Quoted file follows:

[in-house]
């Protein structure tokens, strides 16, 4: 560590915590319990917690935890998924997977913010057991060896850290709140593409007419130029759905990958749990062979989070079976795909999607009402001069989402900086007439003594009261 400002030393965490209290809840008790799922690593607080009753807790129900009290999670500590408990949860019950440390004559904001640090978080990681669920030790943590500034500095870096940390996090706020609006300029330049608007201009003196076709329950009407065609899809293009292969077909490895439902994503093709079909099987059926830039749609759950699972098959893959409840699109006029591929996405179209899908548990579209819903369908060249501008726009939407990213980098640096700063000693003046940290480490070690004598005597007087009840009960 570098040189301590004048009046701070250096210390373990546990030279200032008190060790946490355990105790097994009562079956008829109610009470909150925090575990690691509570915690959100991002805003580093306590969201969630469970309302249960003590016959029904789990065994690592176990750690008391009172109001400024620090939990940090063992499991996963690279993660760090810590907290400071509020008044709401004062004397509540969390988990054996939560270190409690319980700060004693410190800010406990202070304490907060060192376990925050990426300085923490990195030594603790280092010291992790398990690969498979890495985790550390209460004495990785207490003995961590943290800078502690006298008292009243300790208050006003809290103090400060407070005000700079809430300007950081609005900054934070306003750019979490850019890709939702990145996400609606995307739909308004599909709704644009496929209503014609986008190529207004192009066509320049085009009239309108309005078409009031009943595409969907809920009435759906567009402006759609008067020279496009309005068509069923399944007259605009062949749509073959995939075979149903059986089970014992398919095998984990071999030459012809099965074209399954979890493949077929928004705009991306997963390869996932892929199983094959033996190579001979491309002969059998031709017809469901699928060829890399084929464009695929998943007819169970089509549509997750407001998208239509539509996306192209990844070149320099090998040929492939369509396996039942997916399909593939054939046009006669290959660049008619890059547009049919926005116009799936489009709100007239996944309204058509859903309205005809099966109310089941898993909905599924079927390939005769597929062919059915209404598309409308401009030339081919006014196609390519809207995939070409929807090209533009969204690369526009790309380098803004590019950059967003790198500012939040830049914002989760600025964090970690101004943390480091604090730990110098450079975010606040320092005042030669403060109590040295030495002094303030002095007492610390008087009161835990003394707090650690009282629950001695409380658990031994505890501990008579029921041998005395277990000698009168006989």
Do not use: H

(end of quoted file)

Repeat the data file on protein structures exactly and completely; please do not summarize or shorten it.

[in-house]
């Protein structure tokens, strides 16, 4: 560590915590319990917690935890998924997977913010057991060896850290709140593409007419130029759905990958749990062979989070079976795909999607009402001069989402900086007439003594009261 400002030393965490209290809840008790799922690593607080009753807790129900009290999670500590408990949860019950440390004559904001640090978080990681669920030790943590500034500095870096940390996090706020609006300029330049608007201009003196076709329950009407065609899809293009292969077909490895439902994503093709079909099987059926830039749609759950699972098959893959409840699109006029591929996405179209899908548990579209819903369908060249501008726009939407990213980098640096700063000693003046940290480490070690004598005597007087009840009960 570098040189301590004048009046701070250096210390373990546990030279200032008190060790946490355990105790097994009562079956008829109610009470909150925090575990690691509570915690959100991002805003580093306590969201969630469970309302249960003590016959029904789990065994690592176990750690008391009172109001400024620090939990940090063992499991996963690279993660760090810590907290400071509020008044709401004062004397509540969390988990054996939560270190409690319980700060004693410190800010406990202070304490907060060192376990925050990426300085923490990195030594603790280092010291992790398990690969498979890495985790550390209460004495990785207490003995961590943290800078502690006298008292009243300790208050006003809290103090400060407070005000700079809430300007950081609005900054934070306003750019979490850019890709939702990145996400609606995307739909308004599909709704644009496929209503014609986008190529207004192009066509320049085009009239309108309005078409009031009943595409969907809920009435759906567009402006759609008067020279496009309005068509069923399944007259605009062949749509073959995939075979149903059986089970014992398919095998984990071999030459012809099965074209399954979890493949077929928004705009991306997963390869996932892929199983094959033996190579001979491309002969059998031709017809469901699928060829890399084929464009695929998943007819169970089509549509997750407001998208239509539509996306192209990844070149320099090998040929492939369509396996039942997916399909593939054939046009006669290959660049008619890059547009049919926005116009799936489009709100007239996944309204058509859903309205005809099966109310089941898993909905599924079927390939005769597929062919059915209404598309409308401009030339081919006014196609390519809207995939070409929807090209533009969204690369526009790309380098803004590019950059967003790198500012939040830049914002989760600025964090970690101004943390480091604090730990110098450079975010606040320092005042030669403060109590040295030495002094303030002095007492610390008087009161835990003394707090650690009282629950001695409380658990031994505890501990008579029921041998005395277990000698009168006989």
Do not use: H